Tofacitinib is a novel, oral Janus kinase (JAK) inhibitor that is being investigated as a targeted immunomodulator and disease-modifying therapy for RA. More than 4,000 RA patients have been treated with tofacitinib in clinical trials to date. Unlike more recent therapies for RA, which are directed at extracellular targets such as pro-inflammatory cytokines, tofacitinib takes a novel approach, targeting the intracellular signaling pathways that operate as hubs in the inflammatory cytokine network.

Pfizer is studying tofacitinib for RA in the Phase 3 ORAL (Oral Rheumatoid Arthritis Phase 3 TriaLs) program, which consists of five pivotal trials and a sixth long-term treatment study at more than 350 locations in 35 countries worldwide. ORAL Standard and ORAL Step are the final two pivotal trials in the program.

Pfizer is also studying orally administered tofacitinib in psoriasis, inflammatory bowel disease (Crohn’s disease and ulcerative colitis) and renal transplant, and topical tofacitinib in both psoriasis and dry eye disease.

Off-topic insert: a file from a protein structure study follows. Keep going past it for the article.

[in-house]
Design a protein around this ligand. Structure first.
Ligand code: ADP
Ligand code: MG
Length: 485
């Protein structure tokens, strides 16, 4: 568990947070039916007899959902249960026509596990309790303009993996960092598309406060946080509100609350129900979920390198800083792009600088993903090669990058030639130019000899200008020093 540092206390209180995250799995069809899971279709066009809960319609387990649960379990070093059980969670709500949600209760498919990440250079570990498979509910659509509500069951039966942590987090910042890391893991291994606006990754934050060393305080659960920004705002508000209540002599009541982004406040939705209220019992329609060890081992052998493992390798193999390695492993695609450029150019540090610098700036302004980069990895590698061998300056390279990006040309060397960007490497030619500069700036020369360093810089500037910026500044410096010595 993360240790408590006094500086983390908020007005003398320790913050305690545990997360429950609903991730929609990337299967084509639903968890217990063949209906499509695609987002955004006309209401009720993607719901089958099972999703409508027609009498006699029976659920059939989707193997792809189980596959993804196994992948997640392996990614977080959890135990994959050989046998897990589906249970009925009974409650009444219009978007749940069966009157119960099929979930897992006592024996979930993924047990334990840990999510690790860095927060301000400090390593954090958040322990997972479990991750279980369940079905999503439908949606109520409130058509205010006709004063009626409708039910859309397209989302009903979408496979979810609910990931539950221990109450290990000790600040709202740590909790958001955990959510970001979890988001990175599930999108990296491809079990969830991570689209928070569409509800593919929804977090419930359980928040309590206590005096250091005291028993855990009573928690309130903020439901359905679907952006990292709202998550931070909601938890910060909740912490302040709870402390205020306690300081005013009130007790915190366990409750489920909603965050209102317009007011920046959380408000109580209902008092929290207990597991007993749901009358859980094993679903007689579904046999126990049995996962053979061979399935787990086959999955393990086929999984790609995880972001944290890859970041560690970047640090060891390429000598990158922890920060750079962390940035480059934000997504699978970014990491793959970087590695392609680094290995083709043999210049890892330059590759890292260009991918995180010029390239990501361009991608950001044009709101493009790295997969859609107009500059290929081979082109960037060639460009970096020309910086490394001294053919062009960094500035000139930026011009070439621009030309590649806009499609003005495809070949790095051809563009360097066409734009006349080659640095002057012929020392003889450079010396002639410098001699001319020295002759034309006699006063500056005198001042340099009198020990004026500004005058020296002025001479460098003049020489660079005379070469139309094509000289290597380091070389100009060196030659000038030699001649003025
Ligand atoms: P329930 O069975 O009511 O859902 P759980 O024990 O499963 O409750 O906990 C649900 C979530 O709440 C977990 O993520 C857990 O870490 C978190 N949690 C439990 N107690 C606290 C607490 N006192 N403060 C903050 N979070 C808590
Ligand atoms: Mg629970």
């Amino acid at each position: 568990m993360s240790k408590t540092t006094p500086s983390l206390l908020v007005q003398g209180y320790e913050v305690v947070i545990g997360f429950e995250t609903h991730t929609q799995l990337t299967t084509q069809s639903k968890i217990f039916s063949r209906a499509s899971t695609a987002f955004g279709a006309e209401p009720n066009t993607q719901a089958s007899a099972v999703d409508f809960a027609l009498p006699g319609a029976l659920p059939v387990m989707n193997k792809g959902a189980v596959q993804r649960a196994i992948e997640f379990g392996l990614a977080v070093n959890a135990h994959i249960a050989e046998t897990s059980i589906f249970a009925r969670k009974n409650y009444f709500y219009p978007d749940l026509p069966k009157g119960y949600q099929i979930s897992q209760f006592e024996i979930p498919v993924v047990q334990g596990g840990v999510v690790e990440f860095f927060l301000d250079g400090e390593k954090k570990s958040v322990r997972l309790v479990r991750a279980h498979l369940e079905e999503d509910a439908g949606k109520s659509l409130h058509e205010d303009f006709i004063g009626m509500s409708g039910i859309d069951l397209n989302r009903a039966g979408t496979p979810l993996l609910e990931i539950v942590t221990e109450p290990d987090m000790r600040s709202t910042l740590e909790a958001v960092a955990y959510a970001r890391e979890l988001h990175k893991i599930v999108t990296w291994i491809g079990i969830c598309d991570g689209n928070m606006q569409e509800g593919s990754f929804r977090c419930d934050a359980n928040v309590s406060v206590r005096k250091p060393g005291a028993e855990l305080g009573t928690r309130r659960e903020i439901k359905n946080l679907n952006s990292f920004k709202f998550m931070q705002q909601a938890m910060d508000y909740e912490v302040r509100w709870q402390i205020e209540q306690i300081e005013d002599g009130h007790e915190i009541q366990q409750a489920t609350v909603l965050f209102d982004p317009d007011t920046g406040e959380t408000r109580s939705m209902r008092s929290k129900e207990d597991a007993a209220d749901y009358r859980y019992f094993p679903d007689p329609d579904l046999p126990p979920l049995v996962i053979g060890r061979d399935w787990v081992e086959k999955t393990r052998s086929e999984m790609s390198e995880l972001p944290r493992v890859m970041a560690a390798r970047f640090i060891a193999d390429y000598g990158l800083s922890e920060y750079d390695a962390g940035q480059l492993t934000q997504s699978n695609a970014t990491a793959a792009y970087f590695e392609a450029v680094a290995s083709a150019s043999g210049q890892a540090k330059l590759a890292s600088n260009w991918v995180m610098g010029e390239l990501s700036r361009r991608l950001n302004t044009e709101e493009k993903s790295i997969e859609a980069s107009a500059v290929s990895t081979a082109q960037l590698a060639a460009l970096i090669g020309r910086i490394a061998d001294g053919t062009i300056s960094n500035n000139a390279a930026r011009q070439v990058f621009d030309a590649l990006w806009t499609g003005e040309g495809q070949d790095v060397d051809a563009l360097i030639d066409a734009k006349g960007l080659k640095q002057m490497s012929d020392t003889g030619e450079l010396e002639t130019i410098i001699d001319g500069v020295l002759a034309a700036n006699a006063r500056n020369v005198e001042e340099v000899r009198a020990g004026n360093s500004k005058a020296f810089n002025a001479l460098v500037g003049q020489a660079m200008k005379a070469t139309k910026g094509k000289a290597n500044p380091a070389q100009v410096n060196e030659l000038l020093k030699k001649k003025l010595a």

1 Arthritis Today. “What is Rheumatoid Arthritis.” Accessed 24 February 2011. Available at: http://www.arthritistoday.org/conditions/rheumatoid-arthritis/all-about-ra/what-is-ra.php.

2 Rubbert-Roth A, Finckh A. Treatment options in patients with rheumatoid arthritis failing initial TNF inhibitor therapy: a critical review. Arthritis Res Ther. 2009; 11(Suppl 1): S1.Published online 2009 April 6. doi: 10.1186/ar2662.

Source:
Pfizer Inc.

Another DMARD is likely to enter the market. The best part of this is the oral administration, negating the need to self-inject or infusions which seem to irk quite a few patients.

http://rheumatology.my/?p=541
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« Reply #13 on: May 24, 2011, 01:37:56 PM »

I am sure I was told about this during Conference 2011..
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« Reply #14 on: October 06, 2011, 11:18:26 AM »

Advances in treatment for myelofibrosis (MF) have come by leaps and bounds in the last few years since the discovery of the activating mutation JAK2V617F in the cells of patients with myeloproliferative disorders including MF, polycythemia vera, and essential thrombocytopenia. Incyte’s (INCY) JAK inhibitor, ruxolitinib (INCB018424), looks to be the first drug to reach approval for the disorder, but a slew of competitors are following suit.